WASHINGTON – President-elect Donald Trump’s transition team has not announced a point person dedicated to cybersecurity policy or staffing in his administration, an omission that could make the United States more vulnerable to threats and worsen a government cybertalent shortfall, current and former national security officials said.
They and multiple sources involved with the Trump transition organization said they were unaware of any person in the Trump orbit who is dealing specifically with cybersecurity, and that there has been minimal contact with federal agencies.
The apparent lack of expertise or prioritization coincides with U.S. intelligence agencies, including the CIA, having pivoted to digital warfare to address the growing national security and economic threats that nation-states and extremist groups pose in cyberspace.
In response to a request for comment, a Trump spokeswoman referred to a cybersecurity “vision” on Republican Trump’s campaign website, which calls for an immediate review of U.S. cyberdefenses and vulnerabilities and lists high-profile hacks as “key issues” without further explanation.
It did not mention cyberattacks on Democratic Party political organizations during the election campaign that the U.S. government said were carried out by Russia to interfere with the Nov. 8 vote. Trump praised WikiLeaks for publishing leaked emails from his opponent Hillary Clinton’s campaign and also questioned whether Russia was responsible for the hacks.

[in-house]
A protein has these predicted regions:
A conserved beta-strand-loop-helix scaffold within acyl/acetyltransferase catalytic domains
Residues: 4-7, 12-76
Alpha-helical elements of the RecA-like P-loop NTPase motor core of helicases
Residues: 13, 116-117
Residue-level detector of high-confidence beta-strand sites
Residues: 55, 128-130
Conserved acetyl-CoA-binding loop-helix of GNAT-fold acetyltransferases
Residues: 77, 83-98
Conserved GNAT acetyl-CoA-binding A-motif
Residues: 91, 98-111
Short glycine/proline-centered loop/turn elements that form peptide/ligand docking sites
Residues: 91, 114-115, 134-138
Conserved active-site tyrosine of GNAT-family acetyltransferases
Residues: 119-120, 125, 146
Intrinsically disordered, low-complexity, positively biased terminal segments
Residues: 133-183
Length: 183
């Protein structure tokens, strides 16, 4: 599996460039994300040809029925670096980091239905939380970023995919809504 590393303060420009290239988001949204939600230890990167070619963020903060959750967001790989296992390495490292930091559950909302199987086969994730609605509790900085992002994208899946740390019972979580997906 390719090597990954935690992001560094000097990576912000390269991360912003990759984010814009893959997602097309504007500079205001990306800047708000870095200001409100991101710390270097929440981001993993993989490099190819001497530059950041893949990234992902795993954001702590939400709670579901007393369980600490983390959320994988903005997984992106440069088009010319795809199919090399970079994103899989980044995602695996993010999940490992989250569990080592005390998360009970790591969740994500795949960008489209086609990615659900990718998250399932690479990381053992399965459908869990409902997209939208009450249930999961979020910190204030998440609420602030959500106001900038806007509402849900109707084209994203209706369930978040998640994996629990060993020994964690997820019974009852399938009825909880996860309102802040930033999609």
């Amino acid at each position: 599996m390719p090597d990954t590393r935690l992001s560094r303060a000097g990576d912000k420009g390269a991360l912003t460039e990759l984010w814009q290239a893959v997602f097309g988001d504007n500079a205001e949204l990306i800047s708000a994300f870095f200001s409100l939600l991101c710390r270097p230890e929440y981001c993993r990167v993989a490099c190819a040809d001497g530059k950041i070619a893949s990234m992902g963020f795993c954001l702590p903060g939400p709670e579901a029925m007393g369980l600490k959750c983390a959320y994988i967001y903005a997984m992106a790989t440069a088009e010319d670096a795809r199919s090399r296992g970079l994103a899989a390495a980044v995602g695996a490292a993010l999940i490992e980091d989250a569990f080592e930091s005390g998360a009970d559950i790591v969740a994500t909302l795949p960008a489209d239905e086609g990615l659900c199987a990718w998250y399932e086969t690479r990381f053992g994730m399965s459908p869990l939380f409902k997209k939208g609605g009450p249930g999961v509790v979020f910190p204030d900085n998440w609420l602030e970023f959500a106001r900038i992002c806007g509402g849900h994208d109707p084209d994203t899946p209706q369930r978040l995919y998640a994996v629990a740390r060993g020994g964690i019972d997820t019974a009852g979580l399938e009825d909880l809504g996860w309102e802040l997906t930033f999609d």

A former National Security Agency (NSA) official who reviewed the “vision” statement said it was short on detail.
Kellyanne Conway, a senior adviser to Trump who managed his campaign, told reporters in the lobby of Trump Tower Wednesday that reports of a rocky transition process were false.
“You don’t form a federal government overnight,” she said.
The ousting of former Republican lawmaker Mike Rogers from Trump’s transition team on Tuesday left a void of expertise on cyber and intelligence matters for the president-elect, officials said.
Rogers, who chaired the House Intelligence Committee while in Congress, was talked about in Washington as a potential CIA Director or Director of National Intelligence.
Former Defense Intelligence Agency Director Michael Flynn and retired Lt. Gen. Ronald Burgess are part of Trump’s transition team. They were focused on intelligence and security matters, according to a Trump team document that has circulated among Washington trade and lobbying organizations in the week since the New York businessman’s stunning election victory.
Flynn is a contender to be the next director of national intelligence or White House national security adviser, according to people close to him and multiple media reports.
But neither Flynn nor Burgess are experts on cybersecurity, nor have they indicated an interest in the subject to Obama administration officials, sources close to the Trump and Obama teams said.
The federal government has struggled for years to keep pace with the rising need for cybertalent.
A July memo from the White House’s Office of Management and Budget found a critical shortage of talent across the country was worsened in government, caused in part by an inability to compete with lucrative salaries in the private sector.